It was November 2014.  The Speaker of the House of Representatives at that point, Representative John Boehner (R-OH) expanded on his earlier comments, in which he said President Obama was acting like an “emperor” and a “king.”  “That is not how American democracy works,” Boehner said. “…By ignoring the will of the American people, President Obama has cemented his legacy of lawlessness and squandered what little credibility he had left.” Those comments came two years after the announcement of Deferred Action for Childhood Arrivals (DACA) by President Obama.  Well, fast forward to 2020 and DACA just withstood the rigors of Supreme Court scrutiny.

But Speaker Boehner’s words are worth revisiting. Are we seeing any emperor-like behavior now during this Administration?

Here is an example.  The Reforming American Immigration for a Strong Economy (RAISE) Act was an attempt to eliminate the existing immigration visa system and replace it with a merit or points-based system.  Introduced in August 2017 by Senator Tom Cotton, it did not pass both chambers of Congress despite Republicans holding the majority in both the House and the Senate.  We next heard about the RAISE Act when a second version was floated as an idea by the White House in July 2019.  Again, it did not go anywhere.

Fast forward again to 2020, and we can see however that many of the provisions of the RAISE Act (or even more stringent changes) appear to be taking shape through executive action as the administration uses the COVID-19 pandemic as a spear to change the rules of the immigration law game.

My point is not to argue against safety measures needed to counter the coronavirus pandemic.  We of course need precautions, quarantines, testing, contact tracing, etc…But is this Administration taking advantage of COVID-19 to arm-bar the public with its restrictive agenda? Let’s compare the RAISE Act with recent COVID-19-related executive actions.

The RAISE Act sought to eliminate the diversity visa lottery program, create a “W” visa for a parent of an adult US child, and set up a “points” or “merits” based system that would value skills over family relationships, ignoring America’s historic commitment to family reunification AND the value that having a support network of family members brings to working parents for instance.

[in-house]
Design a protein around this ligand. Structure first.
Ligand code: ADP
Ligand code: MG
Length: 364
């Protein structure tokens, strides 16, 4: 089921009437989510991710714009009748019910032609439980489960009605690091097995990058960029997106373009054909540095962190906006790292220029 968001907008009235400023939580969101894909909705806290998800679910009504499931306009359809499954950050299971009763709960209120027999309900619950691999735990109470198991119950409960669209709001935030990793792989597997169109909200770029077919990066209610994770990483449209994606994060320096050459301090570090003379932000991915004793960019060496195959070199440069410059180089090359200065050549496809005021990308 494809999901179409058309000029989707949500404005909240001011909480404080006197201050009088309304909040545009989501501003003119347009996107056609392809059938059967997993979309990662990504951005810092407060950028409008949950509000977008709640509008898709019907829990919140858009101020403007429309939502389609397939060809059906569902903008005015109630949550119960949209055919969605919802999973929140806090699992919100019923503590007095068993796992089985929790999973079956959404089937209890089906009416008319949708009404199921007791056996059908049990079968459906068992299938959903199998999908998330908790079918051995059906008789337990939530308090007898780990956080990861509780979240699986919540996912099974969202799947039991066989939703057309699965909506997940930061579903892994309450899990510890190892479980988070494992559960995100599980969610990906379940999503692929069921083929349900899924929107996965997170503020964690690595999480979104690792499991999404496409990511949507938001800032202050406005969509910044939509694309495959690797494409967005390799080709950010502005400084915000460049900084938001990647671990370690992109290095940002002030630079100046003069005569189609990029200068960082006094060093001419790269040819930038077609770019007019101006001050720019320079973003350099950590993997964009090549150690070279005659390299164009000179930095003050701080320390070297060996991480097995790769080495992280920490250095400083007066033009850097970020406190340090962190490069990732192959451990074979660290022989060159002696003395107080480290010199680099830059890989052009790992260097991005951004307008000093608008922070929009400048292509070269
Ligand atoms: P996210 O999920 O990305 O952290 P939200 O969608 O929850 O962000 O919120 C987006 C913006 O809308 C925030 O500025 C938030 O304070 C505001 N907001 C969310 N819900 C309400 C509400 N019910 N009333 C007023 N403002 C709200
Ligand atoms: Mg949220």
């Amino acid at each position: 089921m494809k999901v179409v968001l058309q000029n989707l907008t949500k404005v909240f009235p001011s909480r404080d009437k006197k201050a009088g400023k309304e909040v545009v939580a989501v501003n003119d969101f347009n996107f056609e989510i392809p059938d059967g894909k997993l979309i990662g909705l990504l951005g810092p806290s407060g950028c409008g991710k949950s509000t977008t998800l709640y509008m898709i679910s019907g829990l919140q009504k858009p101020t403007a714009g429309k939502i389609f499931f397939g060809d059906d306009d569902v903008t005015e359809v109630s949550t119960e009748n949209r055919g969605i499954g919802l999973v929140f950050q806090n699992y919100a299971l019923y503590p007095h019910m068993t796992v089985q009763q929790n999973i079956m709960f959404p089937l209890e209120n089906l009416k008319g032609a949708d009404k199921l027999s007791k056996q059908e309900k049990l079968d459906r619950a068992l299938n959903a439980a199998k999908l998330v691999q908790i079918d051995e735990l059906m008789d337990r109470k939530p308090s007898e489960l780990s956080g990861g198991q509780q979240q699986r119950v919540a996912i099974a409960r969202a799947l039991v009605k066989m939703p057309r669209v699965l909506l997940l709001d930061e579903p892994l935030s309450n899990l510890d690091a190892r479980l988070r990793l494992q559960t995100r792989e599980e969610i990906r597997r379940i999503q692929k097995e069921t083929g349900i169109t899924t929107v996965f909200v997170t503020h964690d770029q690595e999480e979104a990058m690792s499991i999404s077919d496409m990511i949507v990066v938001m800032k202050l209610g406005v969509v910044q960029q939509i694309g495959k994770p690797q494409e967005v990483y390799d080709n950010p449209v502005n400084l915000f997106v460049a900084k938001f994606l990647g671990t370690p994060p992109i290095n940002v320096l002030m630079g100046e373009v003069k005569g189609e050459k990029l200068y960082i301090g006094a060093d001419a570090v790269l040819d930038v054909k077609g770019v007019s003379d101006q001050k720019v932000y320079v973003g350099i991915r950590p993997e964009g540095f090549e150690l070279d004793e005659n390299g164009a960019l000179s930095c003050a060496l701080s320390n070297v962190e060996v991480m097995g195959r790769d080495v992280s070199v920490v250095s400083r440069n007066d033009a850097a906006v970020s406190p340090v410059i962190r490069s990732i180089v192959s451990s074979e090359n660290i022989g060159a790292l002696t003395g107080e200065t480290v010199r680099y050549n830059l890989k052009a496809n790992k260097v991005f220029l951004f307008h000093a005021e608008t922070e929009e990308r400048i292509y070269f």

The 2020 COVID-19 bans by comparison halt entry of certain nonimmigrants in H, L, or J visa categories, with some exceptions (Proclamation 10052, June 22, 2020), halt immigrant visas for family and employment based cases, in addition to the diversity visa lottery program, with only narrow exceptions (Proclamation 10014, April 22, 2020), and openly utilize the COVID-19 global pandemic as an excuse to discuss transitioning to a “merit-based immigration system.”

Simply put, the administration has taken steps under the guise of COVID-19 to bring our immigration “system” far closer to the RAISE Act.  While there are exceptions, and this is all supposedly ‘temporary,’ it behooves us to note that the first proclamation was ‘temporary’ too – and then extended past 60 days through the end of the year.  The second proclamation did not even bother with 60 days, but will last through December 31, 2020, leaving countless immigrants and non-immigrants, their families, and businesses in the lurch.

Meanwhile, even if these change are not enough to convince you, press outlets report this week that, unless it is provided with a $1.2 billion dollar bailout, the U.S. Citizenship and Immigration Services (USCIS) will furlough approximately 13,400 employees beginning in August, even though  the Administration has yet to submit a formal request to Congress for the money.  It bears noting that USCIS has always been self-funded in the past through immigrant application fees.  The agency’s present shortfall is largely due to its own fiscal mismanagement and counterproductive policies.  These policies have understandably had a chilling effect on applications and fees.  AILA and our partners are calling for transparency and accountability as Congress considers this request and you can take action and tell them fiscal responsibility and efficiency matter to you too.

With so many people banned, thousands of employees being furloughed, and the printing presses having stopped, the U.S. immigration system will be effectively ground to a halt.  So, who is acting like an emperor now?